Hillhead of Covington, based in Lanarkshire, has been named as the first Agriculture and Horticulture Development Board (AHDB) Strategic Dairy Farm in Scotland.Hillhead is the fifth dairy farm in the UK to join the strategic farm network and as such it will open its gates to other local farmers and demonstrate best practice, as well as making concerted efforts to improve efficiency through benchmarking key physical and financial performance data.
Host farmer William Baillie’s ultimate aim is to improve his business performance. Initial focus will be on two important areas – nutrition and genetics.
Mr Baillie said: “I’ve been benchmarking for over five years and I’ve always found it incredibly useful. Now as a strategic dairy farmer we’ll be benchmarking our performance against AHDB’s key performance indicators for all year round herds. Using the data we will be able to set targets and measure our progress to ensure we are among the best performing dairy farms.”
Mr Baillie bought Hillhead of Covington in 1996 and initially stated off with 50 cows. He now has 310 pedigree Holsteins and is aiming to grow the herd to 400 cows. Housed all year round the herd is milked three times a day and is fed a diet of mainly grass silage, whole crop and draff. For Mr Baillie the right diet is key to improving yields.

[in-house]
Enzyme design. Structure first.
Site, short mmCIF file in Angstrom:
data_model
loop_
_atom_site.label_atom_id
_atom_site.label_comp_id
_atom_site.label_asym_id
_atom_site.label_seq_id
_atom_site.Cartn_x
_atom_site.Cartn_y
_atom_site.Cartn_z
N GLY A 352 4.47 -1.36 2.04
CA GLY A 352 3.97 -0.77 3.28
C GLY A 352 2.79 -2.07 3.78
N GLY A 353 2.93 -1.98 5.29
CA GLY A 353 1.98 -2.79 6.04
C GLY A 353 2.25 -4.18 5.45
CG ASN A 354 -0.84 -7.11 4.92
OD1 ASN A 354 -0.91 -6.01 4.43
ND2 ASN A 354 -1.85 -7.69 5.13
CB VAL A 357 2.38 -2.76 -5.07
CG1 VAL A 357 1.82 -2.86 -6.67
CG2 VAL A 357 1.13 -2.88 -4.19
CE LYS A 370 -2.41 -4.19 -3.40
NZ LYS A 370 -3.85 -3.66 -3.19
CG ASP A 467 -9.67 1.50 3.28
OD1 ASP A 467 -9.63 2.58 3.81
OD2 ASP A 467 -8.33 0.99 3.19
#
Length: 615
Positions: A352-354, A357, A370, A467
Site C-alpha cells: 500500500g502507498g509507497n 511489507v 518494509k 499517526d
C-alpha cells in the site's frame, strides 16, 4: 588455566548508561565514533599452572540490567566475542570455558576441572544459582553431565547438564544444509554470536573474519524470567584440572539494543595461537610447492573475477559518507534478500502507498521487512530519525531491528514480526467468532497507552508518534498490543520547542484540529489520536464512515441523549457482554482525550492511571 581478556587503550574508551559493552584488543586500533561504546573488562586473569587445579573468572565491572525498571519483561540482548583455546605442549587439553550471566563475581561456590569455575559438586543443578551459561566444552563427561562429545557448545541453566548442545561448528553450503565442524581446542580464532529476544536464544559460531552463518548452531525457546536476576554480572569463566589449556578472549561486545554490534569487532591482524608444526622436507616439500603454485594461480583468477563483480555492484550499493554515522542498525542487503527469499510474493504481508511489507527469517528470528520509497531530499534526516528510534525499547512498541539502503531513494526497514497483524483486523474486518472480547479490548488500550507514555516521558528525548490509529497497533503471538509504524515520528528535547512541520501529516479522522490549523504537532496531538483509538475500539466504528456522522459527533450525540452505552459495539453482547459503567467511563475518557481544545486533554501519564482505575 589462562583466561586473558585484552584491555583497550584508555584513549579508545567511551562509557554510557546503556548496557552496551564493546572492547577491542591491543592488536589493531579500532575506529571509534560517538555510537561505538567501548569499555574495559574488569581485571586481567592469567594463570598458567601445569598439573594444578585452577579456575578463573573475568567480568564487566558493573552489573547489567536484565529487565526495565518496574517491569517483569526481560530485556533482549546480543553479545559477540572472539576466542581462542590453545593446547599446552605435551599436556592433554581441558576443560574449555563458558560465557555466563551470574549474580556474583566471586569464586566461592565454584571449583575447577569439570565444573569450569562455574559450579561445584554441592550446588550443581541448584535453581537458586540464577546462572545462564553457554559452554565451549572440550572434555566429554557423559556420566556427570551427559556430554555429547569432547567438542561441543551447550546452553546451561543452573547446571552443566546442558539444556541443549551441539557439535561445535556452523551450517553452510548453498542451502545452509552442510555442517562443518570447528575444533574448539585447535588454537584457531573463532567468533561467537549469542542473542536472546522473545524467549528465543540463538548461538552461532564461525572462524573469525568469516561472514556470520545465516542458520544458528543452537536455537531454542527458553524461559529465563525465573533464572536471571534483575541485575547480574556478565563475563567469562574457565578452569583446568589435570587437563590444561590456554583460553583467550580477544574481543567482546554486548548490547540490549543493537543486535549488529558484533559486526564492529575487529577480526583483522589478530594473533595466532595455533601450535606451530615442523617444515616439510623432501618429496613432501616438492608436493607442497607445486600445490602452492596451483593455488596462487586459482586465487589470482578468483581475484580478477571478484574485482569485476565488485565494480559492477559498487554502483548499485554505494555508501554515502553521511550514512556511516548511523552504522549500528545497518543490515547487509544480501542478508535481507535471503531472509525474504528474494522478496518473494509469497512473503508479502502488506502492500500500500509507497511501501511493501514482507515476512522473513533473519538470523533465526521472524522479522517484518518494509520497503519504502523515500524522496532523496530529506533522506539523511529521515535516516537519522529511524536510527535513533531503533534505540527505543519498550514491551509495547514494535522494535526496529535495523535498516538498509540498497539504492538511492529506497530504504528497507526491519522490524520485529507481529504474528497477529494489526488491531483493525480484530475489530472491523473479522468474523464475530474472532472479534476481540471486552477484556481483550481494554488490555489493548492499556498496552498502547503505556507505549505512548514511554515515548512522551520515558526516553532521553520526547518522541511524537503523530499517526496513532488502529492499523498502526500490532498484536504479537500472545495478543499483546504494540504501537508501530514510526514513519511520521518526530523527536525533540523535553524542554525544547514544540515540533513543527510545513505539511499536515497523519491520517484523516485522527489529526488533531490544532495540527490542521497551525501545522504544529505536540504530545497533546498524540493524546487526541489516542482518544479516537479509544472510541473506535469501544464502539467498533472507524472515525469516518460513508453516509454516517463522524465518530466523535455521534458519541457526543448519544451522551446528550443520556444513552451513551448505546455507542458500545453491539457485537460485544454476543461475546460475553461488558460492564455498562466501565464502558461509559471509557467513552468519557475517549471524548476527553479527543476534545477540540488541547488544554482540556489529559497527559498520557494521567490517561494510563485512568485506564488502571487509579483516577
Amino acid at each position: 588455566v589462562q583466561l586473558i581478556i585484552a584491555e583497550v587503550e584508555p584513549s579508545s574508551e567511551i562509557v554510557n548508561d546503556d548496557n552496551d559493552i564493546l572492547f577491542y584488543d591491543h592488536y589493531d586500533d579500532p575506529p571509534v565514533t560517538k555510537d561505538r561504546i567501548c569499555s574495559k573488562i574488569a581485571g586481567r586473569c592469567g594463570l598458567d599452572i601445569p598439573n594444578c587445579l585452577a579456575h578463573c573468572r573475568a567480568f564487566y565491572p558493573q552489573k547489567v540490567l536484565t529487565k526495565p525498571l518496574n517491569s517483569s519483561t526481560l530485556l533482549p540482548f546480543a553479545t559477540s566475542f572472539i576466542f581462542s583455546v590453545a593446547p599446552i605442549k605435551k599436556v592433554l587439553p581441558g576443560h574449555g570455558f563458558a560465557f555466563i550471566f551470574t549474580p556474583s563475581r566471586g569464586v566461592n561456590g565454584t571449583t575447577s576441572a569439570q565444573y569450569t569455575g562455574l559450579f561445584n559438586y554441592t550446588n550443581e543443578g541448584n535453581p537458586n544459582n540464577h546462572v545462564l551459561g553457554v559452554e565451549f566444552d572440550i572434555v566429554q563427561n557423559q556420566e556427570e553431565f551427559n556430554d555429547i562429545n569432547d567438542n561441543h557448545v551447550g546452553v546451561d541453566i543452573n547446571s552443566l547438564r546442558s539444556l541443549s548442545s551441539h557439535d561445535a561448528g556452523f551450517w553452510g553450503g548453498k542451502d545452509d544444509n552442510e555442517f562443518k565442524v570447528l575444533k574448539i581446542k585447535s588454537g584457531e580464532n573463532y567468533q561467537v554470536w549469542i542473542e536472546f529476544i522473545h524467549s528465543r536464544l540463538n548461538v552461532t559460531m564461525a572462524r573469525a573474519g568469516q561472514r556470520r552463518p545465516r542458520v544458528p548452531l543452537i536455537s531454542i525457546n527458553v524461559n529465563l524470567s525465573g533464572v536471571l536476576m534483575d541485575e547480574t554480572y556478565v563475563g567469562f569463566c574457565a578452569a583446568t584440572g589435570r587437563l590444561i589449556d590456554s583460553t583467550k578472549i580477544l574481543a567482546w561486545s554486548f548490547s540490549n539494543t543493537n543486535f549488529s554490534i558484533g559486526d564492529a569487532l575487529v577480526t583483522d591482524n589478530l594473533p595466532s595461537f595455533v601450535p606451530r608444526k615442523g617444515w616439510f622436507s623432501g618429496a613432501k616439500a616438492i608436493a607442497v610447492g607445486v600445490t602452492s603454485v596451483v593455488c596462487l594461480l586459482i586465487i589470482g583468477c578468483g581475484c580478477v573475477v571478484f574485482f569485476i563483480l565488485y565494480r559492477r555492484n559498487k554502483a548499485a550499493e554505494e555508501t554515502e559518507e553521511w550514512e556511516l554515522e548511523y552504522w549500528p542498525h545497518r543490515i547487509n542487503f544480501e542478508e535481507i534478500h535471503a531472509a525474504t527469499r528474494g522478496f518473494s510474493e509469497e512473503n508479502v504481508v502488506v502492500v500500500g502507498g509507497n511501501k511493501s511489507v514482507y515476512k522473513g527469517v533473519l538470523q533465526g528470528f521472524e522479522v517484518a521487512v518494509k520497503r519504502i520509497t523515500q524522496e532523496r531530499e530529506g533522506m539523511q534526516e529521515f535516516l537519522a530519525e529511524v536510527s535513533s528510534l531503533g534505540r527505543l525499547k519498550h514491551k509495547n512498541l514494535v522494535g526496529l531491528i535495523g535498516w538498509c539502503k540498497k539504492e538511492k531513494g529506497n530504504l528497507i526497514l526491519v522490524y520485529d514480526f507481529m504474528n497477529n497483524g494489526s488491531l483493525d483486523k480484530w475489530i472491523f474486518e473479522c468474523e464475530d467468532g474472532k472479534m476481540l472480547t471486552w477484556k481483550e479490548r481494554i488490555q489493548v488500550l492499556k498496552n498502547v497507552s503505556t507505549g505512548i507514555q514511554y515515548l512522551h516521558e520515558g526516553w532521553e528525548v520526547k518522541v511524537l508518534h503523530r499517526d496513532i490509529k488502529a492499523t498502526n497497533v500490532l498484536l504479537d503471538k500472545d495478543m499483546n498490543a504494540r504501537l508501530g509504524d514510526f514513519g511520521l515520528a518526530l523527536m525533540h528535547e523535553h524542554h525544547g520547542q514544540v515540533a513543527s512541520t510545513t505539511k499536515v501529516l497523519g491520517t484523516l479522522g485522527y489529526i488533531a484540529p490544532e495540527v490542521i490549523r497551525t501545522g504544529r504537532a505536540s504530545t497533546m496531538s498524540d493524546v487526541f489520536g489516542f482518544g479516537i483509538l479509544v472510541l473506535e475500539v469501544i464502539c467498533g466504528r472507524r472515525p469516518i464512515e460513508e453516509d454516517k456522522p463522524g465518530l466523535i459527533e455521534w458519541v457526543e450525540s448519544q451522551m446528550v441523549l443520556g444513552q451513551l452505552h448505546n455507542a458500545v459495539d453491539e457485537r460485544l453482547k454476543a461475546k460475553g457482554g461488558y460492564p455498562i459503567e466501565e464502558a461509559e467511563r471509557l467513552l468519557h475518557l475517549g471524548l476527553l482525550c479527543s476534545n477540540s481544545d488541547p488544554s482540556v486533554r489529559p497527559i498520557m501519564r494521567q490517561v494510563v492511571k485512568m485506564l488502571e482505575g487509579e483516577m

“High quality silage makes all the difference to milk yield – you get out what you put in,” he said. “We are currently reseeding a lot of the farm with a medium/late perennial grass to allow us to take five cuts of quality silage this season. We need to get good quality grass as we are growing less whole crop and draff is not easy to get hold of these days”, he added.
Having started a mating programme three years ago Mr Baillie is now considering whether the use of genomics would improve his breeding performance further.
Paul Flanagan, AHDB Strategy Director for both Dairy and Scotland believes the strategic dairy farm will offer Scottish dairy farmers the ideal opportunity to review their own practices.
Mr Flanagan said: “We hope that Mr Baillie’s openness with his figures will get other Scottish dairy farmers thinking about their own. For example, we want them to question their feed costs per litre of milk produced and age at first calving. If they aren’t in the “good performance” bracket then they should be asking themselves why and we can help them figure out how they can get there.”
The first open meeting at Hillhead of Covington will be held on Wednesday 29 August from 10.45am to 2.30pm. The event will include a farm tour and discussion of the farm’s current technical and financial performance.
Source: The Herald